Teaching our phones to see & understand
Mad Street Den’s goal is to bring computer vision to every device, from high-end displays to low-end smartphones using its cloud-based machine learning-platform. Imagine driving by a store and seeing a dress or a toy you want to buy. You whip your phone out, take a picture and your phone instantly finds a match at your favorite online store. Imagine your child interacting with a fun game, making silly expressions that your phone actually responds back to. And if you’re a business, imagine the power of understanding what your consumers see and feel. This is the dream that drove the couple Anand and Ashwini to launch Mad Street Den.
Computer vision is really beginning to get exciting with the launch of Amazon’s Firefly, Facebook’s Oculus Rift and Google’s Project Tango. But many of them are still limited because performance has largely been tied to specialized hardware. Mad Street Den is one of few companies disrupting this industry with its software-focused solution. And while there are a handful of companies out there that make apps with expression detection, facial gestures and object detection, a quick survey of the apps in the market show us how far they are from accurately detecting any of the above or finding meaningful applications. MSD’s proprietary stack incorporates Deep Learning into its framework but Anand (CTO) is quick to point out that Deep Learning is not a solution unto itself, and it requires much more to actually put things together ‘intelligently’. Their proprietary framework promises to deliver real time video analysis in a plug-n-play manner. It allows customers to easily incorporate various pattern recognition tasks into a wide range of applications. The company is also working on a hybrid device-cloud solution to cater to different markets.
Launching the MAD Stack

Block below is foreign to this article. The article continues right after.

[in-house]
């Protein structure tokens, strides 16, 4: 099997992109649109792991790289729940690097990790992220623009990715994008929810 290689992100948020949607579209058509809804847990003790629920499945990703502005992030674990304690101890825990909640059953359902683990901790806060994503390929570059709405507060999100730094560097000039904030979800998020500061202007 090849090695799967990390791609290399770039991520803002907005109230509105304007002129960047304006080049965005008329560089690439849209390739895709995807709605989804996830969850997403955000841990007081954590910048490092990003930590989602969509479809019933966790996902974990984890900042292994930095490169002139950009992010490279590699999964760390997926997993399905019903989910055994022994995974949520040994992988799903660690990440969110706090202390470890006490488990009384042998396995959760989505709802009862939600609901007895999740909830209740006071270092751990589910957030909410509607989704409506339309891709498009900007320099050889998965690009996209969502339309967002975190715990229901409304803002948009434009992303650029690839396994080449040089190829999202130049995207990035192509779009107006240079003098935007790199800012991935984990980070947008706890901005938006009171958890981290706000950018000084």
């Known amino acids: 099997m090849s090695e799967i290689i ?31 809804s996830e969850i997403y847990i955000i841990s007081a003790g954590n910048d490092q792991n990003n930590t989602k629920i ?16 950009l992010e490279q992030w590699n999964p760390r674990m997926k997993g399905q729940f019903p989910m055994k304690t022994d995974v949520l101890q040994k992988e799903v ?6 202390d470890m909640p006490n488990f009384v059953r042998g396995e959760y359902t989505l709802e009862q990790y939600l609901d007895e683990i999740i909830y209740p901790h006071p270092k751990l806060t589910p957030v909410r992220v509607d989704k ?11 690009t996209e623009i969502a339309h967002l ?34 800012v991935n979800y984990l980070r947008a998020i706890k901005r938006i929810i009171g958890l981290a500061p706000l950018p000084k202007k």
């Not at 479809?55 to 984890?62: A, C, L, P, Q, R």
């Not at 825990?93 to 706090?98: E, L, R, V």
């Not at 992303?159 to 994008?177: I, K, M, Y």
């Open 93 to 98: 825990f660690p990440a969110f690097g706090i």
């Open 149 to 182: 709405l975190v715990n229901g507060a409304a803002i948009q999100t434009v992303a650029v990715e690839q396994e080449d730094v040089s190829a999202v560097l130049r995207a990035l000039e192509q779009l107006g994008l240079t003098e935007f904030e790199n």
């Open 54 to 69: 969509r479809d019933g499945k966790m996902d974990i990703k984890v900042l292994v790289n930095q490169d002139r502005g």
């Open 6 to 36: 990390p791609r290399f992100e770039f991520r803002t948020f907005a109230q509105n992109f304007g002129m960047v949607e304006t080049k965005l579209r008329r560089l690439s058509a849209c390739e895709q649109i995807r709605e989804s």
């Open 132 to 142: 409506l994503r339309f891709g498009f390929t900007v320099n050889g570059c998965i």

MAD Stack, the company’s cloud platform goes live this week and their SDK is available for developers and companies. The stack currently detects facial landmarks, expressions and emotions, and facial & head gestures. You can try these on their developer portal developers.madstreetden.com. They also have a bunch of videos showing their technology in use. The videos depict fun and engaging applications that provide developers ideas for use cases. Make sure to check out the adorable emote demo. Their technology page also outlines a wide range of use cases for computer vision.
As the head of product development (and CEO) Ashwini points out “We understand that Computer Vision is comparatively a new field. More than anything else, our goal is to bring about scale and adoption of this otherwise niche technology by making it fun, usable and natural for people around the world to interact with. To make this a reality, we’re reaching out and working with partners across e-commerce, gaming, and mobile analytics around the world (and specifically in India). This is a really exciting space to be in and we’re hoping to lead some of the technology innovation in this space.”
The Inside Story
Ashwini says, “It all started with a pair of shoes. I was shopping at this neighborhood in San Jose and saw a pair of grey shoes that I wanted to buy. An urgent call from home had me rushing back before I could buy them. I took a picture of the pair thankfully, making it my mission to hunt for them online. After hours of searching on a ton of apps and sites I regularly shopped at, I gave up frustrated and angry. I remember asking Anand, “What’s the point of you trying to build intelligence if my phone can’t find me a damn shoe?” The search was particularly frustrating because I had no way of describing those shoes beyond grey & size 7. There was no way to just show the shoes to the app and have it automatically find them.
“Our devices are not just stupid, they’re blind! Teach them to see, not just look!”, I remember raging. And the idea of Mad Street Den was born!
Ashwini and Anand are extremely driven to make a change. Having achieved a lot in their respective fields they believe its time to transform how we do things, and what better way than to use their skills to bring about an ‘emotive’ change.
And that is how change happens. One gesture. One person. One moment at a time. Libba Bray
Check out MadStreetDen: www.madstreetden.com
Featured image credits: conferenceacademia.com
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